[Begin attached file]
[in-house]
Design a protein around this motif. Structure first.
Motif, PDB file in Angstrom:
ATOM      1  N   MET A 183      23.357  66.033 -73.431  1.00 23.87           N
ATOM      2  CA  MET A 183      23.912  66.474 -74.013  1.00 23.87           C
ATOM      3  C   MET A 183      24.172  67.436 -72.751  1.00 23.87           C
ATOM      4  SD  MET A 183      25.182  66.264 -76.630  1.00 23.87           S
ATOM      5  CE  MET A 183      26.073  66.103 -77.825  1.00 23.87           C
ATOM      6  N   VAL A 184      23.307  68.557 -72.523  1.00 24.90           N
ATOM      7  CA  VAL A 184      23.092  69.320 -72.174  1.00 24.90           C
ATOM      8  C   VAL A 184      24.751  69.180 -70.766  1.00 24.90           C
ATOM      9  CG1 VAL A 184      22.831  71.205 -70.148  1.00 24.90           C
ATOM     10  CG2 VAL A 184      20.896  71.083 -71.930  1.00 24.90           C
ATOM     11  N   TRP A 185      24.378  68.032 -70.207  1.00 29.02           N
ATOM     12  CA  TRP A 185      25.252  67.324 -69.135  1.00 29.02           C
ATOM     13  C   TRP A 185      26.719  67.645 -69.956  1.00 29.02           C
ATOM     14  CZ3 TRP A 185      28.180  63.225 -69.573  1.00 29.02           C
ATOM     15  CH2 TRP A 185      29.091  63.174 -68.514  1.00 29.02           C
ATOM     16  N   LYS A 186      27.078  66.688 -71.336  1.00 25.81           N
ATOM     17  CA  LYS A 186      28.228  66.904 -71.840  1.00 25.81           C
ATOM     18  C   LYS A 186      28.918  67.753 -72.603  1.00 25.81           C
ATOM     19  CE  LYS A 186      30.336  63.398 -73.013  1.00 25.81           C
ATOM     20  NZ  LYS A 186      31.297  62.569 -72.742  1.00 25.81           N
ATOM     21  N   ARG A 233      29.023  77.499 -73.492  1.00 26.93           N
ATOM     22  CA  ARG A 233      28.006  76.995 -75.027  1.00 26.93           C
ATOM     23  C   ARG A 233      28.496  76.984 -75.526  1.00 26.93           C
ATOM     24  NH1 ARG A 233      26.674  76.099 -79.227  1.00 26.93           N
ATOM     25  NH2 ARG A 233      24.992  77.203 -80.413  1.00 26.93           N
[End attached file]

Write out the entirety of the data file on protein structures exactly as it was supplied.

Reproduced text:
[in-house]
Design a protein around this motif. Structure first.
Motif, PDB file in Angstrom:
ATOM      1  N   MET A 183      23.357  66.033 -73.431  1.00 23.87           N
ATOM      2  CA  MET A 183      23.912  66.474 -74.013  1.00 23.87           C
ATOM      3  C   MET A 183      24.172  67.436 -72.751  1.00 23.87           C
ATOM      4  SD  MET A 183      25.182  66.264 -76.630  1.00 23.87           S
ATOM      5  CE  MET A 183      26.073  66.103 -77.825  1.00 23.87           C
ATOM      6  N   VAL A 184      23.307  68.557 -72.523  1.00 24.90           N
ATOM      7  CA  VAL A 184      23.092  69.320 -72.174  1.00 24.90           C
ATOM      8  C   VAL A 184      24.751  69.180 -70.766  1.00 24.90           C
ATOM      9  CG1 VAL A 184      22.831  71.205 -70.148  1.00 24.90           C
ATOM     10  CG2 VAL A 184      20.896  71.083 -71.930  1.00 24.90           C
ATOM     11  N   TRP A 185      24.378  68.032 -70.207  1.00 29.02           N
ATOM     12  CA  TRP A 185      25.252  67.324 -69.135  1.00 29.02           C
ATOM     13  C   TRP A 185      26.719  67.645 -69.956  1.00 29.02           C
ATOM     14  CZ3 TRP A 185      28.180  63.225 -69.573  1.00 29.02           C
ATOM     15  CH2 TRP A 185      29.091  63.174 -68.514  1.00 29.02           C
ATOM     16  N   LYS A 186      27.078  66.688 -71.336  1.00 25.81           N
ATOM     17  CA  LYS A 186      28.228  66.904 -71.840  1.00 25.81           C
ATOM     18  C   LYS A 186      28.918  67.753 -72.603  1.00 25.81           C
ATOM     19  CE  LYS A 186      30.336  63.398 -73.013  1.00 25.81           C
ATOM     20  NZ  LYS A 186      31.297  62.569 -72.742  1.00 25.81           N
ATOM     21  N   ARG A 233      29.023  77.499 -73.492  1.00 26.93           N
ATOM     22  CA  ARG A 233      28.006  76.995 -75.027  1.00 26.93           C
ATOM     23  C   ARG A 233      28.496  76.984 -75.526  1.00 26.93           C
ATOM     24  NH1 ARG A 233      26.674  76.099 -79.227  1.00 26.93           N
ATOM     25  NH2 ARG A 233      24.992  77.203 -80.413  1.00 26.93           N